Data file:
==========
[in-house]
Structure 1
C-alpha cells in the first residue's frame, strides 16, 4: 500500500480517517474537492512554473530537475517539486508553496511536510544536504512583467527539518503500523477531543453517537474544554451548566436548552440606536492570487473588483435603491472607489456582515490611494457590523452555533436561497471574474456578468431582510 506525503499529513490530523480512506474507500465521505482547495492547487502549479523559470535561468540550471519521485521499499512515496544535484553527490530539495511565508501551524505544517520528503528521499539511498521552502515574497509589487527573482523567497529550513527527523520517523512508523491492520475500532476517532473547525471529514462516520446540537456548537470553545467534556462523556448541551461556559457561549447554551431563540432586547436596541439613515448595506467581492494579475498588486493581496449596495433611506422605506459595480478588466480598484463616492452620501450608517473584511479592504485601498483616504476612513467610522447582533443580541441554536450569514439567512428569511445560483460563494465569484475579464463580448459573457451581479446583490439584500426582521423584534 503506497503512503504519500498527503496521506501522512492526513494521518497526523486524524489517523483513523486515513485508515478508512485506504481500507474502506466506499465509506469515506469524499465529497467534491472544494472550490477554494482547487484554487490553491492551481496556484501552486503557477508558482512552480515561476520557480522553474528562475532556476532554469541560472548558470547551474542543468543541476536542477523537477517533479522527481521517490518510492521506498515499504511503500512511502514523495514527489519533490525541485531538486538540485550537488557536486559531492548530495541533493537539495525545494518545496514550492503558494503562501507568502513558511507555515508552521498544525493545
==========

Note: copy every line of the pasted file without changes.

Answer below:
[in-house]
Structure 1
C-alpha cells in the first residue's frame, strides 16, 4: 500500500480517517474537492512554473530537475517539486508553496511536510544536504512583467527539518503500523477531543453517537474544554451548566436548552440606536492570487473588483435603491472607489456582515490611494457590523452555533436561497471574474456578468431582510 506525503499529513490530523480512506474507500465521505482547495492547487502549479523559470535561468540550471519521485521499499512515496544535484553527490530539495511565508501551524505544517520528503528521499539511498521552502515574497509589487527573482523567497529550513527527523520517523512508523491492520475500532476517532473547525471529514462516520446540537456548537470553545467534556462523556448541551461556559457561549447554551431563540432586547436596541439613515448595506467581492494579475498588486493581496449596495433611506422605506459595480478588466480598484463616492452620501450608517473584511479592504485601498483616504476612513467610522447582533443580541441554536450569514439567512428569511445560483460563494465569484475579464463580448459573457451581479446583490439584500426582521423584534 503506497503512503504519500498527503496521506501522512492526513494521518497526523486524524489517523483513523486515513485508515478508512485506504481500507474502506466506499465509506469515506469524499465529497467534491472544494472550490477554494482547487484554487490553491492551481496556484501552486503557477508558482512552480515561476520557480522553474528562475532556476532554469541560472548558470547551474542543468543541476536542477523537477517533479522527481521517490518510492521506498515499504511503500512511502514523495514527489519533490525541485531538486538540485550537488557536486559531492548530495541533493537539495525545494518545496514550492503558494503562501507568502513558511507555515508552521498544525493545